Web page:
Russia has made an apparent U-turn on its prior signaling that it would supply the advanced S-300 surface-to-air missiles to Syria after this week's major escalation between Syria and Israel, which involved scores of surface-to-surface rockets being fired by both sides, primarily across the contested Golan border, and some 28 Israeli aircraft firing around 60 air-to-surface missiles at Syria during the exchange.
Is this the beginning of a Russian lack of commitment in Syria? Or is this the realization that Syria can stand on its own after creating new rules of engagement with Israel?
Russia is now indicating Syria has "everything it needs" to repel Israeli aggression.
Reuters reports that Putin's personal aide indicated the change in calculus:
The comments, by Vladimir Kozhin, an aide to President Vladimir Putin who oversees Russian military assistance to other countries, follow a visit to Moscow by Israeli Prime Minister Benjamin Netanyahu this week, who has been lobbying Putin hard not to transfer the missiles.
"For now, we're not talking about any deliveries of new modern (air defense) systems," Izvestia cited Kozhin as saying when asked about the possibility of supplying Syria with S-300s.
The Syrian military already had "everything it needed," Kozhin added.
Late last month Russian Defense Ministry officials caught the world's attention by announcing through state-run RIA that it "plans to deliver new air defense systems to Syria in the near future" after a series of unprovoked Israeli strikes inside Syria, which Israel claims targets Iranian troops and assets. Talk of delivery of the S-300 has been a constant since President Trump ordered a massive tomahawk missile attack on Damascus and other locations on April 13th, ostensibly in retaliation for al-Qaeda linked Jaish al-Islam claims of a chemical attack on civilians by the Syrian Army.
It must also be remembered that this week's exchange of fire began just as Israeli Prime Minister Benjamin Netanyahu concluded the 10-hour visit with Russian President Vladimir Putin in Moscow, and less than a day after Trump pulled out of the Iran nuclear deal. Netanyahu told reporters immediately after the short meeting that he didn't expect Russia to act against Israeli forces as they continue escalating attacks on Syria, supposedly while enforcing their "Iranian red line."
While it's possible that Putin may have personally given a green light for Netanyau to act (or at least discussed understood limitations and conditions), what is certain is that Syria has—given its significant response in the form of between 20 and 50 missiles launched in return fire—imposed new rules of engagement.
Though international reports have consistently pointed to hits on the Israeli side, Israel has apparently been extremely careful in preventing photographs or video of any potential damage on the Israeli side to see the light of day. According to professor of Middle East history Asad AbuKhalil, "Israel censor still hasn’t allowed any reports about casualties or damage."
Syria's current missile defense systems appear to have performed well. The Syrian Arab News Agency (SANA) reported, citing a military source, that the army’s air defenses had “shot down dozens of Israeli missiles, preventing most of them from reaching their targets,” however, some of the rockets managed to hit radars and an ammunition depot. But beyond this, the multiple videos purporting to show direct intercepts by Syrian defenses make for a convincing case.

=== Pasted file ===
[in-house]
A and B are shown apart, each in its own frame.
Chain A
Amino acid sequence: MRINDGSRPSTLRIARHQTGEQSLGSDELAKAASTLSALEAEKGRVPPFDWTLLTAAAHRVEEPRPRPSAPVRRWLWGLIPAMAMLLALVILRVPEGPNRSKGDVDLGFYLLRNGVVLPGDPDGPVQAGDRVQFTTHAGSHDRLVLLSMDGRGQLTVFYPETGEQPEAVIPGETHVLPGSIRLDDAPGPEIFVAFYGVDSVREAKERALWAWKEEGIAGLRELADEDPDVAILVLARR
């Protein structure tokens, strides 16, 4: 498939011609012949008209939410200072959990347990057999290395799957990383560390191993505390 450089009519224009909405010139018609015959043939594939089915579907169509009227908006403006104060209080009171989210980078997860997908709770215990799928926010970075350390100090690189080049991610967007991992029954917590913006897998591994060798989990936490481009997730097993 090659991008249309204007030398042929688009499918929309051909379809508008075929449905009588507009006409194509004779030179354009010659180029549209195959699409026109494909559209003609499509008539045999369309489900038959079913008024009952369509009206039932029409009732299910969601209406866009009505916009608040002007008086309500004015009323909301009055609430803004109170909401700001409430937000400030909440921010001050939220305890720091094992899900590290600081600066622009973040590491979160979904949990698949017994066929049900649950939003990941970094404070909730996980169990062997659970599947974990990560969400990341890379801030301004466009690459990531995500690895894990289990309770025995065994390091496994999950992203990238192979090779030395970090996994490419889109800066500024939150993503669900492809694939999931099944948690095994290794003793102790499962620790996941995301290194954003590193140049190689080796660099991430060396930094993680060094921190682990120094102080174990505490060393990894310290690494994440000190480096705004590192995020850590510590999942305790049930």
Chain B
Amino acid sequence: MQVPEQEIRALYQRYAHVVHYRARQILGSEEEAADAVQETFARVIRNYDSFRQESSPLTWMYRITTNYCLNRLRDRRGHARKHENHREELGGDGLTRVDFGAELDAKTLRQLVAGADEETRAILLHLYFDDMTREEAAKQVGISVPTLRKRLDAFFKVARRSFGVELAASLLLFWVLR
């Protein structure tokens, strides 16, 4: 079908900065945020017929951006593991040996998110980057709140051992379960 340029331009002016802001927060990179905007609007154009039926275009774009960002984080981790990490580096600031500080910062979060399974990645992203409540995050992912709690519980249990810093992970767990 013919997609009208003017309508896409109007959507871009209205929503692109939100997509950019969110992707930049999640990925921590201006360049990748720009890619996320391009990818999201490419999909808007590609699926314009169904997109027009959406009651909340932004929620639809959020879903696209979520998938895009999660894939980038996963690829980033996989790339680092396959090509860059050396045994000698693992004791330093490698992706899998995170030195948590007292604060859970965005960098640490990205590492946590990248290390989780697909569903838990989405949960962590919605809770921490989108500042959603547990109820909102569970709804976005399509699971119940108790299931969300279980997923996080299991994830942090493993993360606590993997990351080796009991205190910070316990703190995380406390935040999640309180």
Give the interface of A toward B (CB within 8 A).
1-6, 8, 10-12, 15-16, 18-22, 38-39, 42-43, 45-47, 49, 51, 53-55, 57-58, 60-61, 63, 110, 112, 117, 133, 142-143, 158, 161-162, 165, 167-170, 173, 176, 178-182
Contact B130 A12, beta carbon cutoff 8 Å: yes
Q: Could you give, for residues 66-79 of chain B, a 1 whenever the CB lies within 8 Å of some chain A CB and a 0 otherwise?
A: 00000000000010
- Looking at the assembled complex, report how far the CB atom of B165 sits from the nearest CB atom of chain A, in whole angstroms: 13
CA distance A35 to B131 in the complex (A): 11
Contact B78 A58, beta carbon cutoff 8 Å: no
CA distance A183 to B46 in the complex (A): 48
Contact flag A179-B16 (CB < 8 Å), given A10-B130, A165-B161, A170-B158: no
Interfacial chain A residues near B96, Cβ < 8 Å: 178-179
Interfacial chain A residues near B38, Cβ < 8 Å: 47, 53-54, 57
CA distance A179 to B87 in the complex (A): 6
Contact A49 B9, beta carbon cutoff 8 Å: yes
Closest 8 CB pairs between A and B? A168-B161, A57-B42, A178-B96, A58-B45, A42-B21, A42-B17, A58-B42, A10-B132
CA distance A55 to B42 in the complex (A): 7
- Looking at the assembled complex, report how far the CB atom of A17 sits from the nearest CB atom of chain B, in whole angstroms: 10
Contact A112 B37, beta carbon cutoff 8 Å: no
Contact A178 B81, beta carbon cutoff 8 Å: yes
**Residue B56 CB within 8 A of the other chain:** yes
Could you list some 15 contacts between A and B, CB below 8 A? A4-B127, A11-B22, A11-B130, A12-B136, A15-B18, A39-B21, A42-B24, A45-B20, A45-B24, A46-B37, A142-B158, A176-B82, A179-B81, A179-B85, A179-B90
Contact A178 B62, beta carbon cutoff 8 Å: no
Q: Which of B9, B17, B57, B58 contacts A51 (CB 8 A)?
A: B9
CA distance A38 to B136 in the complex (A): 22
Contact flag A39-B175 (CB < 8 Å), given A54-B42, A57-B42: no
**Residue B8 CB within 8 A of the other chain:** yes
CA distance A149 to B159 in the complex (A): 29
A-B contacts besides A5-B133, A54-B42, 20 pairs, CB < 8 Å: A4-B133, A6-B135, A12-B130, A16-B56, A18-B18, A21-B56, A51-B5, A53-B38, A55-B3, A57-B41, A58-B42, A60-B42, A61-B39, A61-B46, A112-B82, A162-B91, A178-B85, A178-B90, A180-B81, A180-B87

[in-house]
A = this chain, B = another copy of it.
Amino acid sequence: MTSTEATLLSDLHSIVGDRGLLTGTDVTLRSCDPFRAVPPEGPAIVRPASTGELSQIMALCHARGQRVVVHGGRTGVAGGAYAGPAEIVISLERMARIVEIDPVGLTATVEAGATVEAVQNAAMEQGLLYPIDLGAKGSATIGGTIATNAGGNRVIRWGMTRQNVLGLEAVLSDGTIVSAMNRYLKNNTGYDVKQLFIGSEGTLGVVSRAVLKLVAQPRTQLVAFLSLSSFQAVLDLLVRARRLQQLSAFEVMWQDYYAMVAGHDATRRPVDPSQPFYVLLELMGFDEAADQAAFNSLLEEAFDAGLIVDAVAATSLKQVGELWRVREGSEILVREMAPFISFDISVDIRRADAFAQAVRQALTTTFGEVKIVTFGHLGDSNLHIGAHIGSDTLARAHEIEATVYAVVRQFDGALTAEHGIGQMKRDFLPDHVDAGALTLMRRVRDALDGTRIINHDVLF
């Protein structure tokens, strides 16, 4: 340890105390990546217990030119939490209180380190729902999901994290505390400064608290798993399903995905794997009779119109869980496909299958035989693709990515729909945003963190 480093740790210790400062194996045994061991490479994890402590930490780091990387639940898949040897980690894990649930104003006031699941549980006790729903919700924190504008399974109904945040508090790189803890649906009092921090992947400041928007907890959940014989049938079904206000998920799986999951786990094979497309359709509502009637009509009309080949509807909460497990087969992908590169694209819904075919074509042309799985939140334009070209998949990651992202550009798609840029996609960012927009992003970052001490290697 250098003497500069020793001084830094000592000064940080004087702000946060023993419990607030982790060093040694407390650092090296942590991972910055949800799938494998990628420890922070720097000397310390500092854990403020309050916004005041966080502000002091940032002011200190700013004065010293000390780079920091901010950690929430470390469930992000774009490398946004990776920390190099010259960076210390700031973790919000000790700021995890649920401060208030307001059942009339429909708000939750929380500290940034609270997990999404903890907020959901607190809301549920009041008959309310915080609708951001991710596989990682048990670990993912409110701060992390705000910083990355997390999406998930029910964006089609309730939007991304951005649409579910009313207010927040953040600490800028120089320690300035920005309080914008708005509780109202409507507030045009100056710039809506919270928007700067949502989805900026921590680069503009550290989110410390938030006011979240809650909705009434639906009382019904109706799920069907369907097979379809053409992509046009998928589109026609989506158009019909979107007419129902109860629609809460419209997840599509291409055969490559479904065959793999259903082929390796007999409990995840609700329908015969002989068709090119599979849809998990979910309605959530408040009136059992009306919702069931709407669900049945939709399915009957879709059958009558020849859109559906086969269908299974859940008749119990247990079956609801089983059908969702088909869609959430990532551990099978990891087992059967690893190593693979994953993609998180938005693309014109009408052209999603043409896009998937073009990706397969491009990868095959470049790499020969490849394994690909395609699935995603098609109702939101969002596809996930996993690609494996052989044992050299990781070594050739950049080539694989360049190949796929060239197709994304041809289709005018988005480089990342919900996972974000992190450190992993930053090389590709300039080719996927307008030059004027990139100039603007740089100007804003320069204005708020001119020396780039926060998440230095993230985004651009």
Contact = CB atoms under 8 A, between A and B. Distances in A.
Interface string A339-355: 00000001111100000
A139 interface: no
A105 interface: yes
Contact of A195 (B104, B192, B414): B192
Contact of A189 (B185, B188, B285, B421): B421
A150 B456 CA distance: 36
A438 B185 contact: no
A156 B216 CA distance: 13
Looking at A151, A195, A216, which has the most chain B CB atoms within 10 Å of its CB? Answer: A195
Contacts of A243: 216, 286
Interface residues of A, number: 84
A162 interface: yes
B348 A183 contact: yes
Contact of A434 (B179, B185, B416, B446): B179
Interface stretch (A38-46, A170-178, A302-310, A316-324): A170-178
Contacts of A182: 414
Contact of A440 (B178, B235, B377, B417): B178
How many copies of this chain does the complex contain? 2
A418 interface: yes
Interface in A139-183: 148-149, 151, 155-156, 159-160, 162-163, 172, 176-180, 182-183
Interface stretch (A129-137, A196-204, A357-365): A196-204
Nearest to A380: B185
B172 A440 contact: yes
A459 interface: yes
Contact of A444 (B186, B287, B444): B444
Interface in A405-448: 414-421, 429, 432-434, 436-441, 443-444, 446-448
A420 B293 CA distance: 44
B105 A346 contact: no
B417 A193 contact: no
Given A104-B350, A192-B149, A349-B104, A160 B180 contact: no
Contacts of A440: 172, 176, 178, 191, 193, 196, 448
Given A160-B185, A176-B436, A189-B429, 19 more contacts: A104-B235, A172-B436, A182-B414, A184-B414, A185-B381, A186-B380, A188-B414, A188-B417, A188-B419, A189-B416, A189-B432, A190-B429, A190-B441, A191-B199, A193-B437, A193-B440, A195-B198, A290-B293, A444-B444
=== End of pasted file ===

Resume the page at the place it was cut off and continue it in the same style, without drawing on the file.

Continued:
Could it be that Moscow understands that Syria's current Soviet supplied S-200 system (among other integrated systems) is doing just fine against Israeli incursions, and sees no need to further escalate tensions with Tel Aviv? Israel has long promised to attack any S-300 deliveries or installation sites even before they come online.
There's the other possibility that Moscow has in fact decided to move forward with the S-300's for Syria while publicly distancing itself. To train Syrians on the new system would take at least a month, according to past Russian military statements, and would initially involve Russian personnel to man the systems—all of which would further risk escalation with Israel, especially if Israel followed through on threats of striking missile locations with Russians present.
Kremlin spokesman Dmitry Peskov has previously warned that, “We never announced these deliveries as such. However, we said that after the strikes [by the US, France and the UK on Syria], Russia reserves the right to do whatever it deems necessary."
The Russian-made S-300 and S-400 are widely acknowledged to be far superior in their capability and reach that Syria's current S-200 system. If installed—something which now appears unlikely to occur anytime soon—Syria might very well become untouchable. But this is precisely what Israel worries about, as Haaretz noted recently, "With Putin's S-300, Assad's army could even 'lock-on' IAF aircraft as they take off from bases within Israel." And as one Israeli defense analyst put it, "Israel should be worried."
For now, however, it could be that Netanyahu's lobbying worked. Or perhaps Israel is already worried that Syria seems to an impressive degree already deterring some of the Israeli barrage even with its current 30-year old systems.